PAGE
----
“What’s new?” That’s what people usually asked when they visited the WPC booth at CES 2017 in Las Vegas a couple weeks back.
Before I share how I responded to that question, let me share an observation about the show’s visitors. The atmosphere was quite different this year. We didn’t have to explain what wireless charging or Qi is about. Admittedly, some struggle with the pronunciation of “Qi” but that will come with time. Almost every visitor already knew enough to get straight to the point.
A surprising number of visitors wanted to talk about their own product plans. They wanted to know more about integrating Qi chargers in larger products such as alarm clocks and furniture. They wanted to know about sourcing modules, and about the procedure for Qi certification. These are questions you typically hear in a mature market.
It is clear the role of the booth of the Wireless Power Consortium is expanding from promoting Qi and wireless charging to providing a marketplace for the wireless power supply chain and ecosystem. This is precisely the reason why we have seen success hosting our own tradeshows/conferences tied to our quarterly member events – product developers and marketers, engineers, and executives are taking steps in designing in or expanding how they are using Qi in their products and a growing number of applications. The next WPC event is scheduled in 16-17 February in London.
Back to CES, so what was new? The careful observer will have noticed the emphasis of our booth was on products that are really for sale. Products that consumers can purchase today. Outside of Qi, we witnessed more of the same – demos, announcements and promises that proprietary wireless power products “will ship later this year”. We prefer to focus on products that are real, safe, efficient and affordable.
Some examples of these real products include an iHome alarm clock with integrated wireless charger, a wireless charger for use in vehicles that personalizes the vehicles cabin environment, and a motorcycle smartphone mount by BMW with waterproof sealing and integrated wireless charger.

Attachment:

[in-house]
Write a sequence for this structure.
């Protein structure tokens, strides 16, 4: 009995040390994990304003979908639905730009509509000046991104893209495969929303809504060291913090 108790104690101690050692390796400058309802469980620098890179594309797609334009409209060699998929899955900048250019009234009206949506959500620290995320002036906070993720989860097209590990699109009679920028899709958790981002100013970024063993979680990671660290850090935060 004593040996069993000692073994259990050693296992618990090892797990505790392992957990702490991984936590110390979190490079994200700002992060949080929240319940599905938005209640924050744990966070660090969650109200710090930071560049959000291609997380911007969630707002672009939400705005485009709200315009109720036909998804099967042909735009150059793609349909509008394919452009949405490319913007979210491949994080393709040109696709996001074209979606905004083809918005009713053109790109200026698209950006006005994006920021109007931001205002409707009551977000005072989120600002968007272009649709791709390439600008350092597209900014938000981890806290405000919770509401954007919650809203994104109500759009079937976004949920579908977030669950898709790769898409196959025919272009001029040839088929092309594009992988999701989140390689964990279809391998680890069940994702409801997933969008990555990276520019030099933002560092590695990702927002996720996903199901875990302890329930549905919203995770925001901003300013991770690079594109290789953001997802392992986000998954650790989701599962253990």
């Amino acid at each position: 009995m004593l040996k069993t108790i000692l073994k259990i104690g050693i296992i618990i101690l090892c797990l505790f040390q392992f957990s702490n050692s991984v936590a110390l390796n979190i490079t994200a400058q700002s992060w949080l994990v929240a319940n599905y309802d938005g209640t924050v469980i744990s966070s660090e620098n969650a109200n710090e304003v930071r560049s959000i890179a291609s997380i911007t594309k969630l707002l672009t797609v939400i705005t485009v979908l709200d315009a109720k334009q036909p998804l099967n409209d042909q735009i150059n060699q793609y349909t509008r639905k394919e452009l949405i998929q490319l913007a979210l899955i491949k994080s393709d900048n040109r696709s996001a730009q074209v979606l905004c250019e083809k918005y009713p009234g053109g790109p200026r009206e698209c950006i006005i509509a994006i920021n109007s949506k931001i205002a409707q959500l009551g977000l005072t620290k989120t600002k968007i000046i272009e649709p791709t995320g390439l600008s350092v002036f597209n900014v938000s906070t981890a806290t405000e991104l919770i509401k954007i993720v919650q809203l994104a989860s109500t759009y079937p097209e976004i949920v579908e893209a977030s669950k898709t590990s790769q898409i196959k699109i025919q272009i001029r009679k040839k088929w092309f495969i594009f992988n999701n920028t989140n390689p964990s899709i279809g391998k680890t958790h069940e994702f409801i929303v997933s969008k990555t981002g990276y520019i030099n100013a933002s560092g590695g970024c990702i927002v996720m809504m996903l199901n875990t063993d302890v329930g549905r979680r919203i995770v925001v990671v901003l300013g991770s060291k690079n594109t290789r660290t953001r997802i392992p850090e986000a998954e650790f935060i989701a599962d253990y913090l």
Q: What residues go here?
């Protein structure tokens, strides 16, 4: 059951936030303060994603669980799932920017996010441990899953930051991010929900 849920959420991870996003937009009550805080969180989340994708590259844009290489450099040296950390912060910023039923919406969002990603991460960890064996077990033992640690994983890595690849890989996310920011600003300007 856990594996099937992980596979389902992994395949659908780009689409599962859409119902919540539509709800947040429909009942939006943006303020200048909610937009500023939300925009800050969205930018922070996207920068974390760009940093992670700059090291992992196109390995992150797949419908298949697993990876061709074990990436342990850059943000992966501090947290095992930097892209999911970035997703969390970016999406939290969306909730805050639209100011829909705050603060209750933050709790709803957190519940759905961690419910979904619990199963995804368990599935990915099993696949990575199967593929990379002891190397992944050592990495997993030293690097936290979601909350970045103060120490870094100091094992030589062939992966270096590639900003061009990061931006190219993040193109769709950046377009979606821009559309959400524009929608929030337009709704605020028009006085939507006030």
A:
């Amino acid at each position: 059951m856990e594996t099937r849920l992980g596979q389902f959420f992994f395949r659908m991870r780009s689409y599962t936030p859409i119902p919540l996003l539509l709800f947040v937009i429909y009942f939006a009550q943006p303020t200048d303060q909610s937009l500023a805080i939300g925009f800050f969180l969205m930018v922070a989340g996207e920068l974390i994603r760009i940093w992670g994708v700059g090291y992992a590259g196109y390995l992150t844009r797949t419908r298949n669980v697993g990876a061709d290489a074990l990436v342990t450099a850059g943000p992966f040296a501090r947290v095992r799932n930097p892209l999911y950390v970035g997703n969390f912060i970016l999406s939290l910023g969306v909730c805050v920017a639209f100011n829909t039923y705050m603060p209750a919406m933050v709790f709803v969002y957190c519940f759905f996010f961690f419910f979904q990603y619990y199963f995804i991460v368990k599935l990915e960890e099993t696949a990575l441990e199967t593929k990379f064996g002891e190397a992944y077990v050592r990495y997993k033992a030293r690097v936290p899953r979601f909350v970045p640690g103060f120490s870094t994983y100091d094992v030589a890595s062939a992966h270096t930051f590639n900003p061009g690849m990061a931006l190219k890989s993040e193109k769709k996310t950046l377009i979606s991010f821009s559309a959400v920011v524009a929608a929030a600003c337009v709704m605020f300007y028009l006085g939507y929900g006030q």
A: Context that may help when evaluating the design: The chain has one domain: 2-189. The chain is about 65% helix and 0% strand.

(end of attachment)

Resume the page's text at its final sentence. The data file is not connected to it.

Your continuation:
These examples illustrate the trend that new wireless chargers are increasingly about integrating wireless charging with other functions to achieve superior usability and convenience.
The WPC members also showcased demonstrations for the 60-200 Watt specification that is under development. Bosch demonstrated 60 Watt wireless charging of power tools. Rohm and NXP demonstrated wireless laptop charging. This illustrates the trend to increase the power level of wireless chargers. Our members’ experience with delivering safe and efficient wireless chargers makes that feasible.
After the event, some of the media believed that CES 2017 experienced a transitional year (no standout, killer product but more evolving trends like VR, autonomous vehicles, robots, etc.). This year for the WPC, the show was a transitional year as well – most of the CES visitors now have personal experience with and a stronger understanding of Qi wireless charging, and we can focus on supporting the ecosystem.